similar frequencies of SpA and its subgroups are seen by
rheumatologists in Lebanon and in Europe (1,7). In a group of
2,228 patients seen in rheumatology clinics in France, the
authors observed a prevalence of SpA of 7.29%, which is
comparable with the value of 8.56% found in the present study.
However, our study was not population based, so definitive
prevalence rates of SpA in Lebanon are still unknown. HLAB27 was most strongly associated with AS and ReA. The
number of AS patients in our study was rather small, but AS
was probably underrepresented because we did not perform
radiography for the diagnosis of sacroiliitis in all patients; we
simply examined previously diagnosed patients on the day of
study consultation. Thus, some patients classified as having
uSpA could have had AS. The frequency of both cutaneous
psoriasis and inflammatory bowel disease was as expected and
thus could not explain the low frequency of B27. The patients
included in our study are representative of the general Lebanese population, as shown by the HLA distribution presented
in Table 1. Moreover, the majority of the people living in the
greater area of Beirut originate from different areas of
Lebanon.
In other populations in which the prevalence of B27 is
low, such as Japan (1%) and other countries of the Middle
East (3% in Israel and Iraq), the B27 prevalence remains
rather high among AS patients (80% in Japan and 60% in
Israel) (2). A 1-2% prevalence of B27 in the general population has also been observed in the Persian Gulf and in Ethiopia
(2), but no data are available on the association of B27 with AS
and SPA in these populations. A low association between
HLA-B27 and AS has been reported in the black population in
the US and is also suspected in the native Indonesian population (2). HLA-B40, and its splits HLA-B60 and HLA-B61,
reported in association with an increased susceptibility to AS
in HLA-B27 positive individuals (8), were also rare in our
patients. In addition, HLA-B39 was not increased in the B27
CONCISE COMMUNICATIONS
389
Table 1. Comparison of HLA class I phenotypes in spondylarthropathy (SpA) patients, control patients, and the general Lebanese
population *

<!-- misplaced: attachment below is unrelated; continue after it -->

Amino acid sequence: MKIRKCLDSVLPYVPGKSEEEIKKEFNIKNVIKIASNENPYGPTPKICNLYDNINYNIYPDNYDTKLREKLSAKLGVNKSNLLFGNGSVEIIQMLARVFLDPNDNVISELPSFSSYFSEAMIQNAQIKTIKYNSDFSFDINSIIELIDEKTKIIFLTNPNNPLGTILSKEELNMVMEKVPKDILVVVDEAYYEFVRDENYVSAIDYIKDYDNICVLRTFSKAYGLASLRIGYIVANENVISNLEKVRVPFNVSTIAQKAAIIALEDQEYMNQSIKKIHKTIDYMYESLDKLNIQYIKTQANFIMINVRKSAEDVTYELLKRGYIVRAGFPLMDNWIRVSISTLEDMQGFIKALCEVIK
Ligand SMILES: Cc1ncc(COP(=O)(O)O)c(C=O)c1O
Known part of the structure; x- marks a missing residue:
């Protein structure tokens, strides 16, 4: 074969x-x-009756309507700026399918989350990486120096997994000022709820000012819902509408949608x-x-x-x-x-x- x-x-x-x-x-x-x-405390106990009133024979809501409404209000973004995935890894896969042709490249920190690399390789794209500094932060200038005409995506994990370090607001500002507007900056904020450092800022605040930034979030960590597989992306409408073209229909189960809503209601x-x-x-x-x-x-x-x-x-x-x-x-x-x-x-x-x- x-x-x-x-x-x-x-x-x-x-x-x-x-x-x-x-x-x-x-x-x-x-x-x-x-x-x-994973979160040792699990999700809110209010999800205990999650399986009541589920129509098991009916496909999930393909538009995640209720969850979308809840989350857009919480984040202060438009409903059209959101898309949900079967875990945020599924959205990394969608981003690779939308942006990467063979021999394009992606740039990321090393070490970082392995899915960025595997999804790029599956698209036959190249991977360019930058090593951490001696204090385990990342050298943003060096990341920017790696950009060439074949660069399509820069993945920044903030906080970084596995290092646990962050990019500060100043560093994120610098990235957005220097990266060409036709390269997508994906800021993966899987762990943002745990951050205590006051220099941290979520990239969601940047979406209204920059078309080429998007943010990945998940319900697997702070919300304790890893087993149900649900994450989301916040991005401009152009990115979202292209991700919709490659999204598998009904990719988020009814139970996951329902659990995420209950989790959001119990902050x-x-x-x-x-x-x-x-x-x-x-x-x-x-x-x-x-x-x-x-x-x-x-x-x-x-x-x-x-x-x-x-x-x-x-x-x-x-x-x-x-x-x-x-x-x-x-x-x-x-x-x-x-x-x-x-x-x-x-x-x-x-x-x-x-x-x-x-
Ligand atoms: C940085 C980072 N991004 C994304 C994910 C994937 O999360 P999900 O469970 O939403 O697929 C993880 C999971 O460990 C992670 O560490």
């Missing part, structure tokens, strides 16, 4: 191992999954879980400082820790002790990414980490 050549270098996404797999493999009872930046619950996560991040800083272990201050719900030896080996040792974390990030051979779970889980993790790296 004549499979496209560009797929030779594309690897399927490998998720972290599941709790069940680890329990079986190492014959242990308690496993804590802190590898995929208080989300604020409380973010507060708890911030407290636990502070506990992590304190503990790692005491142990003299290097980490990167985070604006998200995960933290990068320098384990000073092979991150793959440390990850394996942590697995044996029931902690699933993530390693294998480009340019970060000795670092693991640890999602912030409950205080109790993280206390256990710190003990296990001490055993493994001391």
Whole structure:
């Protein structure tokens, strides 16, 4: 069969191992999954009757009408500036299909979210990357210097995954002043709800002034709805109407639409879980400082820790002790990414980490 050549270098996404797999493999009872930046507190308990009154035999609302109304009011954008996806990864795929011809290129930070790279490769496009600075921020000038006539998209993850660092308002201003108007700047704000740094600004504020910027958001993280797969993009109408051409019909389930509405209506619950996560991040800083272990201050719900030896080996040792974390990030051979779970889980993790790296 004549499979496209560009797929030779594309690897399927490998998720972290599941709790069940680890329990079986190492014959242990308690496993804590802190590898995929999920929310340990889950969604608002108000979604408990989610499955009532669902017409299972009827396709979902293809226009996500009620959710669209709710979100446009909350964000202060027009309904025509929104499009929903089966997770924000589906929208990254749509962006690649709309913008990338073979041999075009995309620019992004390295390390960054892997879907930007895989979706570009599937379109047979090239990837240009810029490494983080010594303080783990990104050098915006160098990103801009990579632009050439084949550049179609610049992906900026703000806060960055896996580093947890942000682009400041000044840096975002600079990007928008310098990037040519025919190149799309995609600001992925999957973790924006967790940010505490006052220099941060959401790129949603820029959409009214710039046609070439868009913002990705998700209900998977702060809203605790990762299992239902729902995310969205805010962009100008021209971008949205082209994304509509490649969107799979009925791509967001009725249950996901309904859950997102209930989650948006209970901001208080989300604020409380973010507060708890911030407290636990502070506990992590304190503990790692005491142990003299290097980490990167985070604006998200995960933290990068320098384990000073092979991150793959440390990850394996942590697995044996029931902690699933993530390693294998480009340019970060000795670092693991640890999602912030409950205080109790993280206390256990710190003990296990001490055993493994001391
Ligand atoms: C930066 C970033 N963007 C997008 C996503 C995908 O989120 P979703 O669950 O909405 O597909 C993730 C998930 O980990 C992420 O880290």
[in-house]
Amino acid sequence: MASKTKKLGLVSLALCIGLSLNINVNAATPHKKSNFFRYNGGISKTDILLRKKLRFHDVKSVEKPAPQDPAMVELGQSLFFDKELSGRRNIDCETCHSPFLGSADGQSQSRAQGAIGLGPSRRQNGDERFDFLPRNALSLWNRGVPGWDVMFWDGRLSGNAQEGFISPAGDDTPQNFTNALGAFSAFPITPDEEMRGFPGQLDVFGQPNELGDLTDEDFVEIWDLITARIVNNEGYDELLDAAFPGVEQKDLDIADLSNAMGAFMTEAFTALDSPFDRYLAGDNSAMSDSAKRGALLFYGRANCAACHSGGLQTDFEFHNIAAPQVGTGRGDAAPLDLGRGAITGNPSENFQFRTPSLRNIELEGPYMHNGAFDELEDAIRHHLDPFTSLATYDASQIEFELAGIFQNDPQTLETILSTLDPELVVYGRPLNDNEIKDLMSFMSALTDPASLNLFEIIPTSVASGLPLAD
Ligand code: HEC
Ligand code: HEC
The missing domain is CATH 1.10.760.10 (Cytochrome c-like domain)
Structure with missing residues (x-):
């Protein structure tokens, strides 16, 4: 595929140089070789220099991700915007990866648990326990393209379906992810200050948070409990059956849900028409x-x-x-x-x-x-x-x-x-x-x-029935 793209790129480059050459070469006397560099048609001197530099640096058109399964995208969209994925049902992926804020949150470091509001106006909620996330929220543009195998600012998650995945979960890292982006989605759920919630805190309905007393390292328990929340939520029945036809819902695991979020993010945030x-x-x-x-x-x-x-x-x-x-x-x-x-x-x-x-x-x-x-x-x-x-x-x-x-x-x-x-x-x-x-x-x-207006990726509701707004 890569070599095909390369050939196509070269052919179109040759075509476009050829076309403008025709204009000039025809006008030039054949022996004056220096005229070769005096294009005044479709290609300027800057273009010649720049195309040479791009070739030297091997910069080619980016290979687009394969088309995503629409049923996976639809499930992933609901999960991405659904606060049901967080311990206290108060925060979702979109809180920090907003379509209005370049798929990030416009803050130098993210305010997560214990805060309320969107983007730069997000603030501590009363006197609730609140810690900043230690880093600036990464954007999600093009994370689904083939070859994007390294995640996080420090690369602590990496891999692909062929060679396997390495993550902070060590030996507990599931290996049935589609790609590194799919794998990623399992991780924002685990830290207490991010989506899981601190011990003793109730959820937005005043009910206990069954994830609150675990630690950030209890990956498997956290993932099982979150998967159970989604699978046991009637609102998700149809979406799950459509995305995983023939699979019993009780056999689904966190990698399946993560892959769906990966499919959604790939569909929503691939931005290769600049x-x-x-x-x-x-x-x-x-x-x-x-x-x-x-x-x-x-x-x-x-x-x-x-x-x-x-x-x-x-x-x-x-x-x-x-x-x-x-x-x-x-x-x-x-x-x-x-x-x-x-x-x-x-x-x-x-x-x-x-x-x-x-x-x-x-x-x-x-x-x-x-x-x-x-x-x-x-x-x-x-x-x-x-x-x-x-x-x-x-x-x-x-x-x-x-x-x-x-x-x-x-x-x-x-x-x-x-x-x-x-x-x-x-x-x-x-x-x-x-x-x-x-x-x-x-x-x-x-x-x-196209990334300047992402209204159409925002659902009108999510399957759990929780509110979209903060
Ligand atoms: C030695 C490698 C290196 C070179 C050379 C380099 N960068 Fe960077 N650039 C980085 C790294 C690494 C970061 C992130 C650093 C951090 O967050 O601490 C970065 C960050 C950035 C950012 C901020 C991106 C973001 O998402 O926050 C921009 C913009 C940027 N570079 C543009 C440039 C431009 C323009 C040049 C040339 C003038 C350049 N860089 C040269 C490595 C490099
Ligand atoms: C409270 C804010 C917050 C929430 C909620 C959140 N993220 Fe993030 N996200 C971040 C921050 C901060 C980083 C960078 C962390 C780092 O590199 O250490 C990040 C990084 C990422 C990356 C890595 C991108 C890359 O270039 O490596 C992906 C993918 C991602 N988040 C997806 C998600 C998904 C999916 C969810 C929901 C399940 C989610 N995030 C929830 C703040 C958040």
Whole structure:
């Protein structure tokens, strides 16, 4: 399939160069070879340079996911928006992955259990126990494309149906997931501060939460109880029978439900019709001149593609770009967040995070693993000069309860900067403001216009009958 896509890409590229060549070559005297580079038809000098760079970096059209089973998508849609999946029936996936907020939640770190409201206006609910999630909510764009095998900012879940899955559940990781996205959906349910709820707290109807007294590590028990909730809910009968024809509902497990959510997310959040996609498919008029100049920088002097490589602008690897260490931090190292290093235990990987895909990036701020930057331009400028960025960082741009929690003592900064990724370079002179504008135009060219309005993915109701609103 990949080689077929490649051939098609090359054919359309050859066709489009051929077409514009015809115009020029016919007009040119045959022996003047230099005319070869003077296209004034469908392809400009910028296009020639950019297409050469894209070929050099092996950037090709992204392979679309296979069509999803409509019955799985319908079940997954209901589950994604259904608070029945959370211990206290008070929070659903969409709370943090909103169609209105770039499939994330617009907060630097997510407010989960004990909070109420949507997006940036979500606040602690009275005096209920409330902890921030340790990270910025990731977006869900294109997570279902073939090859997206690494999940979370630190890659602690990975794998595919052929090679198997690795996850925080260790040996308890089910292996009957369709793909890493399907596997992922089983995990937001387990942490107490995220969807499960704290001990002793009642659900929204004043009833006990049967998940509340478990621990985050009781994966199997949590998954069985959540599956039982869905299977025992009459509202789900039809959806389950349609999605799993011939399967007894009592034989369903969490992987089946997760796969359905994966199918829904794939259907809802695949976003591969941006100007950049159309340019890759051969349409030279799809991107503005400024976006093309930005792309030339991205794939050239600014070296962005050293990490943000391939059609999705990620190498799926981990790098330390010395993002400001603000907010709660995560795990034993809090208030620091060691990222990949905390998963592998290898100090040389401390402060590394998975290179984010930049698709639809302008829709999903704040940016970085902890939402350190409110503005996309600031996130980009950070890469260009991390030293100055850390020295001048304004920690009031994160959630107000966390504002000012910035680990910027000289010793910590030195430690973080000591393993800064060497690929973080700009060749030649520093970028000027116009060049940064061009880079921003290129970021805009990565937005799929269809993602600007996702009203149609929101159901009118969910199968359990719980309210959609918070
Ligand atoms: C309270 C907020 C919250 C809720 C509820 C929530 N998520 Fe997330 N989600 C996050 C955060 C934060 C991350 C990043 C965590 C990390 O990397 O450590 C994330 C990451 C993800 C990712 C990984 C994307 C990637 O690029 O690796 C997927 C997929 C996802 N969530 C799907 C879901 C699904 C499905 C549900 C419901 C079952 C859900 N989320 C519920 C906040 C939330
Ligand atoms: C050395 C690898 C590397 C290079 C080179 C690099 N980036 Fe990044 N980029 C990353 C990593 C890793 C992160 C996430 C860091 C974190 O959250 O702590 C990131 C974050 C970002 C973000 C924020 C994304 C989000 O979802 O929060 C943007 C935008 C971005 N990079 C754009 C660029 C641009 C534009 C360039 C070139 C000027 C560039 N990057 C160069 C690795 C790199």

Lebanese population
SPA
patients
Locus (n = 65)
A1
A2
A3
A1 1
A19
A23
A24
A26
A28
A29
A30
A3 1
A32
A33
BS
B7
B8
B13
B14
B18
B27
B35
B37
B38
B4 1
B44
B45
B49
B50
B5 1
853
B55
BS8
861
B62
B70
21.5
41.5
18.5
7.7
3.1
9.2
21.5
4.6
15.4
7.7
12.3
6.1
7.7
6.1
1.5
7.7
3.1
9.2
7.7
13.8
13.8
32.3
3.1
13.8
7.7
12.3
1.5
6.1
3.1
18.5
10.8
1.5
1.5
1.5
1.5
1.5
Controls
(n = 139)
16.4
40
12.9
13.6
0
8.5
18.6
12.1
13.6
4.3
9.3
1.4
9.3
10
0
5
5.7
1.4
13.6
17.9
1.4
29.3
2.1
6.4
13.6
10.7
2.9
4.3
7.4
14.3
0.7
3.6
0.7
1.4
1.4
2.9
Serre et a1 Abdelnoor
(ref. 5 )
(ref. 6)
(n = 315) (n = 416)
15.1
21.2
11.9
4.2
NA
NA
NA
NA
7.6
2.8
NA
NA
NA
NA
9.8
3.5
1.8
6.1
2.7
8.1
1.7
26.4
NA
2.9
NA
NA
NA
NA
NA
NA
NA
NA
NA
NA
NA
NA
27
40
21
5
NA
NA
NA
NA
10
10
11
5
5
8
23
7
6
9
5
9
2
32
1.5
NA
1.5
NA
NA
NA
NA
NA
NA
NA
NA
NA
NA
NA
Mansour
(n = 130)t
19.2
40
16.1
6.9
27.7
5.3
39.2
8.4
7.6
6.9
10
0
13
6.1
26.9
10.7
0.8
4.6
10
14.6
0.8
34.6
3
6.9
14
11.5
2.3
9.2
5.3
14.6
1.s
3
2.3
1.5
2.3
1.7
* Values are the percentages of subjects with the different phenotypes
identified. Some rare phenotypes found in the general population but
not in our patients are not shown. NA = data not available.
i Unpublished recent data from our blood bank, showing serotypes
absent from previous studies.
negative patients, in contrast to what has recently been described (9). No other class I allele was significantly associated
with SpA in our study, but HLA class I1 typing is in progress to
better characterize our population. Our results indicate that
non-B27 disease-predisposing factors play a much stronger
role in the disease in this particular population than in others.
This could be related to the peculiar history and population
mixing in our country. Further studies are needed to confirm
the weak link between HLA-B27 and SpA in other populations of the Middle East, and to observe if B27-negative
patients have milder clinical disease than those who are
B27-positive. Family studies are also needed to identify the
gene(s) associated with SpA in Lebanon.
Supported by grants ji-om the National Scientific Research
Council, Beirut, Lebanon, and from pfizer Lebanon. Drs. Awada and
Tamouza contributed equally to this work.
H. Awada, MD
R. Baddoura, MD
R. Naman, MD, FRCP
S. Klayme, PhD
I. Mansour, PhD
H6tel Dieu de France
Beirut, Lebanon
R. Tamouza, MD
F. Marzais
C. Raffoux, MD
A. Toubert, MD
D. Charron, MD
H6pital Saint Louis
Paris, France
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in Japanese patients with systemic lupus
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Recently, associations of interleukin-1 receptor antagonist (IL-1Ra) gene polymorphism with several inflammatory